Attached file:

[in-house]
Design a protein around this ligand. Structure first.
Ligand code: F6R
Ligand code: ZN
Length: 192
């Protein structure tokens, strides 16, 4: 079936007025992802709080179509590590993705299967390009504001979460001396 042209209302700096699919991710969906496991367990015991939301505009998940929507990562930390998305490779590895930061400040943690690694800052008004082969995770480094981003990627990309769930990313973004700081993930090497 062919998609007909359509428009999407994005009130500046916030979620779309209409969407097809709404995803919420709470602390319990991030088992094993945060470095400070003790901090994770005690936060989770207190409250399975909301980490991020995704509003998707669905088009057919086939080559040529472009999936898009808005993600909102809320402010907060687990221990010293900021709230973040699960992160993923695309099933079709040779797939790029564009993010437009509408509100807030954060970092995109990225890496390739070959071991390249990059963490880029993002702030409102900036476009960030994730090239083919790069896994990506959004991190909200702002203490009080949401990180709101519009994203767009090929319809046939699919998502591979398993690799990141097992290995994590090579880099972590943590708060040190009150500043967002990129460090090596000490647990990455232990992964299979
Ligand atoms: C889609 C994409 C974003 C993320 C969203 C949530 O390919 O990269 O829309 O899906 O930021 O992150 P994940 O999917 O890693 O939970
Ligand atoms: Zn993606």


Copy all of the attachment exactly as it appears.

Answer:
[in-house]
Design a protein around this ligand. Structure first.
Ligand code: F6R
Ligand code: ZN
Length: 192
């Protein structure tokens, strides 16, 4: 079936007025992802709080179509590590993705299967390009504001979460001396 042209209302700096699919991710969906496991367990015991939301505009998940929507990562930390998305490779590895930061400040943690690694800052008004082969995770480094981003990627990309769930990313973004700081993930090497 062919998609007909359509428009999407994005009130500046916030979620779309209409969407097809709404995803919420709470602390319990991030088992094993945060470095400070003790901090994770005690936060989770207190409250399975909301980490991020995704509003998707669905088009057919086939080559040529472009999936898009808005993600909102809320402010907060687990221990010293900021709230973040699960992160993923695309099933079709040779797939790029564009993010437009509408509100807030954060970092995109990225890496390739070959071991390249990059963490880029993002702030409102900036476009960030994730090239083919790069896994990506959004991190909200702002203490009080949401990180709101519009994203767009090929319809046939699919998502591979398993690799990141097992290995994590090579880099972590943590708060040190009150500043967002990129460090090596000490647990990455232990992964299979
Ligand atoms: C889609 C994409 C974003 C993320 C969203 C949530 O390919 O990269 O829309 O899906 O930021 O992150 P994940 O999917 O890693 O939970
Ligand atoms: Zn993606």